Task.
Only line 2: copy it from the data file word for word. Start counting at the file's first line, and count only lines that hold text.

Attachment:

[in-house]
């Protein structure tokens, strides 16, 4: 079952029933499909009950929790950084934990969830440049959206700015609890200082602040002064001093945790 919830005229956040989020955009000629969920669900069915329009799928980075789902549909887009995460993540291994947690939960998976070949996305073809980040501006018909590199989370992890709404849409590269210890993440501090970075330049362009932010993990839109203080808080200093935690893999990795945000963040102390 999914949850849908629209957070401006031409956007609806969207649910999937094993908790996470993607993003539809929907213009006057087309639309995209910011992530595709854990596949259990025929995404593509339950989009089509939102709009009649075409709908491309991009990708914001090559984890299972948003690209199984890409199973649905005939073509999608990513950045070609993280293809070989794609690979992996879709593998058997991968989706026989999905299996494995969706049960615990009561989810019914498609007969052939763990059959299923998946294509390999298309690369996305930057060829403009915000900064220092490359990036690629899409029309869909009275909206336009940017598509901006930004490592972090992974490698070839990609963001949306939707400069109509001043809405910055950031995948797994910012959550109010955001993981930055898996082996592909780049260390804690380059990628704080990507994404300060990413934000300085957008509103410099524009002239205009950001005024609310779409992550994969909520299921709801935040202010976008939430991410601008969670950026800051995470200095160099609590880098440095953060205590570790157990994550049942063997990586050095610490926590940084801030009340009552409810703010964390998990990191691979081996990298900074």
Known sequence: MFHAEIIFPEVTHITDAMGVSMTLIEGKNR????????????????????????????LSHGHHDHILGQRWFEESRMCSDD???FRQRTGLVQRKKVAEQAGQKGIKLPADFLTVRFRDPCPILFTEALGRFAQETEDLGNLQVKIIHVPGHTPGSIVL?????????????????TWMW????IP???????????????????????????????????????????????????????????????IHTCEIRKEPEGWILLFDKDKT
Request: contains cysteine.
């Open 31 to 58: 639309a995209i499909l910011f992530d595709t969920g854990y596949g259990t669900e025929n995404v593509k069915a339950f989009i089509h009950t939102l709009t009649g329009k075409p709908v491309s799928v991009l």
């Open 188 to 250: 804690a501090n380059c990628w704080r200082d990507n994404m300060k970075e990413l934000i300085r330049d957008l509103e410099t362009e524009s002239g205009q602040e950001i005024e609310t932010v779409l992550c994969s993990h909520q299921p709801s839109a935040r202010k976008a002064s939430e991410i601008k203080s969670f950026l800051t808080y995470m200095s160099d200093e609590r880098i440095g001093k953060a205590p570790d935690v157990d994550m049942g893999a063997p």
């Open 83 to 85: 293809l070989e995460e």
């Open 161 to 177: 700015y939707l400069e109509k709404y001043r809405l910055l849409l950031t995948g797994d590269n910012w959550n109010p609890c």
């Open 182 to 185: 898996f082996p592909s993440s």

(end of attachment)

């Protein structure tokens, strides 16, 4: 079952029933499909009950929790950084934990969830440049959206700015609890200082602040002064001093945790 919830005229956040989020955009000629969920669900069915329009799928980075789902549909887009995460993540291994947690939960998976070949996305073809980040501006018909590199989370992890709404849409590269210890993440501090970075330049362009932010993990839109203080808080200093935690893999990795945000963040102390 999914949850849908629209957070401006031409956007609806969207649910999937094993908790996470993607993003539809929907213009006057087309639309995209910011992530595709854990596949259990025929995404593509339950989009089509939102709009009649075409709908491309991009990708914001090559984890299972948003690209199984890409199973649905005939073509999608990513950045070609993280293809070989794609690979992996879709593998058997991968989706026989999905299996494995969706049960615990009561989810019914498609007969052939763990059959299923998946294509390999298309690369996305930057060829403009915000900064220092490359990036690629899409029309869909009275909206336009940017598509901006930004490592972090992974490698070839990609963001949306939707400069109509001043809405910055950031995948797994910012959550109010955001993981930055898996082996592909780049260390804690380059990628704080990507994404300060990413934000300085957008509103410099524009002239205009950001005024609310779409992550994969909520299921709801935040202010976008939430991410601008969670950026800051995470200095160099609590880098440095953060205590570790157990994550049942063997990586050095610490926590940084801030009340009552409810703010964390998990990191691979081996990298900074």